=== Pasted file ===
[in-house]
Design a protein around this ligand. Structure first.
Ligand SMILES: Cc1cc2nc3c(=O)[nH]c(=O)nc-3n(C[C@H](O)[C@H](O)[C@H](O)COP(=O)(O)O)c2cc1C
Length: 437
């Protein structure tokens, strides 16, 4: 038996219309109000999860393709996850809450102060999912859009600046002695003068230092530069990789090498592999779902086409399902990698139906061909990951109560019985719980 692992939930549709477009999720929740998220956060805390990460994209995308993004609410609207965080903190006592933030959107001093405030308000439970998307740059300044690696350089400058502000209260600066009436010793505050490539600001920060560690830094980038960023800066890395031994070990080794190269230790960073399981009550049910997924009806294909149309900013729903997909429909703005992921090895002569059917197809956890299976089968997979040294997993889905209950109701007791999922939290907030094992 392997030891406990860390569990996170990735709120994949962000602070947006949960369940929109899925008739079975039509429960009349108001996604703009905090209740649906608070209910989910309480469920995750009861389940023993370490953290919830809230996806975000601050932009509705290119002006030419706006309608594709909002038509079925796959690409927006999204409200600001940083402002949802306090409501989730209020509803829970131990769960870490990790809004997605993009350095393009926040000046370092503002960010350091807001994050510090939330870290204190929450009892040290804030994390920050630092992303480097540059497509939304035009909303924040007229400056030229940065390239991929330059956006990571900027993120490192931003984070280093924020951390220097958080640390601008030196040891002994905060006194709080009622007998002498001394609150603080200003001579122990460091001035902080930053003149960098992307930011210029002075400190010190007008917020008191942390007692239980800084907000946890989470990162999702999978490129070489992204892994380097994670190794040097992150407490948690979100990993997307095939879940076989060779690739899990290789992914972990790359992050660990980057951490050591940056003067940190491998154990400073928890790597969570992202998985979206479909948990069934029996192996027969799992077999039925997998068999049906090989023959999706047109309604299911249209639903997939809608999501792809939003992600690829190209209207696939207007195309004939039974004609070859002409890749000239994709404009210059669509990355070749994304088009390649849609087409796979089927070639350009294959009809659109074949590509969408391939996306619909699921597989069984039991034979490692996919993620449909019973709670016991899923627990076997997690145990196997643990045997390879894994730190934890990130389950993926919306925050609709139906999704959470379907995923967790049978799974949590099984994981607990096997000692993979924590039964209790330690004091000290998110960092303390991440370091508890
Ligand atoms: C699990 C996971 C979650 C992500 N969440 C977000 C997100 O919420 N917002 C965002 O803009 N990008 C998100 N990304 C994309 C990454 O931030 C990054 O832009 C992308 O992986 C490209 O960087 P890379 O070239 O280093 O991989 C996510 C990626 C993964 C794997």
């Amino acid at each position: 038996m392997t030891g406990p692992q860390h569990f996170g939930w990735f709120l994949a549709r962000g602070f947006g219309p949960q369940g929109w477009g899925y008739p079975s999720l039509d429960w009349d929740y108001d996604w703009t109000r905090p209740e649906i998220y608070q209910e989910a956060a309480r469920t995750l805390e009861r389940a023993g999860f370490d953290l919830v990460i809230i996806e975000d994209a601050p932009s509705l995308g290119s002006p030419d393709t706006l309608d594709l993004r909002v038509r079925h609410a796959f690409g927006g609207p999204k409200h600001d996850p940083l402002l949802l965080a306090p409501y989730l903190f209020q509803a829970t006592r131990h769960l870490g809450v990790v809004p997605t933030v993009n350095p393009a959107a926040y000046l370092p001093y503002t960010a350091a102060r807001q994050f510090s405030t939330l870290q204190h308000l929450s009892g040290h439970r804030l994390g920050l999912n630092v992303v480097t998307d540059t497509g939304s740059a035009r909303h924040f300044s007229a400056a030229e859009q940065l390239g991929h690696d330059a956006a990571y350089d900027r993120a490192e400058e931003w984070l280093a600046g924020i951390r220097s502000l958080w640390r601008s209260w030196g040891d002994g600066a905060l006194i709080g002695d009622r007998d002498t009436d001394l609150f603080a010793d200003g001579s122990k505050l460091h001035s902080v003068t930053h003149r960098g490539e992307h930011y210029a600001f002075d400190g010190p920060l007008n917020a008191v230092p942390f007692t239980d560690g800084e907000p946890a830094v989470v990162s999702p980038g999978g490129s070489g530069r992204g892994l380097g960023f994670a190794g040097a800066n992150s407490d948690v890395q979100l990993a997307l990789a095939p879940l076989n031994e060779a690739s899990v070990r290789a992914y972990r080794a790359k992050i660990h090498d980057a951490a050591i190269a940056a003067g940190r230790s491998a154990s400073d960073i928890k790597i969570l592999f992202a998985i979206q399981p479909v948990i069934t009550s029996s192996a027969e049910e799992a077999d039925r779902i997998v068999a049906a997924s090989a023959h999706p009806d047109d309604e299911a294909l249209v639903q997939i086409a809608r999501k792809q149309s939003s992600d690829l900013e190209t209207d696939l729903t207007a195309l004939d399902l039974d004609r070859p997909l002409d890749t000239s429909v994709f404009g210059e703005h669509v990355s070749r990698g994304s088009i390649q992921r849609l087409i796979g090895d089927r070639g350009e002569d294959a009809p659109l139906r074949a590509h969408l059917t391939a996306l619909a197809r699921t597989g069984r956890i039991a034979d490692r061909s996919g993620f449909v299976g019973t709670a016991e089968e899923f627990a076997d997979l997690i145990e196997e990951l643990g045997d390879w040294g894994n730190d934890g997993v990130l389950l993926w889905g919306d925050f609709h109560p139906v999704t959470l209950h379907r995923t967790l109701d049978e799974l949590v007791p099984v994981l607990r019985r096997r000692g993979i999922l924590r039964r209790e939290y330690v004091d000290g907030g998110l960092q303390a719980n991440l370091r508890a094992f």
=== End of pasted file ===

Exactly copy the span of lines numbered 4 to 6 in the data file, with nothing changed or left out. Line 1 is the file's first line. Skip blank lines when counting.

Length: 437
């Protein structure tokens, strides 16, 4: 038996219309109000999860393709996850809450102060999912859009600046002695003068230092530069990789090498592999779902086409399902990698139906061909990951109560019985719980 692992939930549709477009999720929740998220956060805390990460994209995308993004609410609207965080903190006592933030959107001093405030308000439970998307740059300044690696350089400058502000209260600066009436010793505050490539600001920060560690830094980038960023800066890395031994070990080794190269230790960073399981009550049910997924009806294909149309900013729903997909429909703005992921090895002569059917197809956890299976089968997979040294997993889905209950109701007791999922939290907030094992 392997030891406990860390569990996170990735709120994949962000602070947006949960369940929109899925008739079975039509429960009349108001996604703009905090209740649906608070209910989910309480469920995750009861389940023993370490953290919830809230996806975000601050932009509705290119002006030419706006309608594709909002038509079925796959690409927006999204409200600001940083402002949802306090409501989730209020509803829970131990769960870490990790809004997605993009350095393009926040000046370092503002960010350091807001994050510090939330870290204190929450009892040290804030994390920050630092992303480097540059497509939304035009909303924040007229400056030229940065390239991929330059956006990571900027993120490192931003984070280093924020951390220097958080640390601008030196040891002994905060006194709080009622007998002498001394609150603080200003001579122990460091001035902080930053003149960098992307930011210029002075400190010190007008917020008191942390007692239980800084907000946890989470990162999702999978490129070489992204892994380097994670190794040097992150407490948690979100990993997307095939879940076989060779690739899990290789992914972990790359992050660990980057951490050591940056003067940190491998154990400073928890790597969570992202998985979206479909948990069934029996192996027969799992077999039925997998068999049906090989023959999706047109309604299911249209639903997939809608999501792809939003992600690829190209209207696939207007195309004939039974004609070859002409890749000239994709404009210059669509990355070749994304088009390649849609087409796979089927070639350009294959009809659109074949590509969408391939996306619909699921597989069984039991034979490692996919993620449909019973709670016991899923627990076997997690145990196997643990045997390879894994730190934890990130389950993926919306925050609709139906999704959470379907995923967790049978799974949590099984994981607990096997000692993979924590039964209790330690004091000290998110960092303390991440370091508890
Ligand atoms: C699990 C996971 C979650 C992500 N969440 C977000 C997100 O919420 N917002 C965002 O803009 N990008 C998100 N990304 C994309 C990454 O931030 C990054 O832009 C992308 O992986 C490209 O960087 P890379 O070239 O280093 O991989 C996510 C990626 C993964 C794997």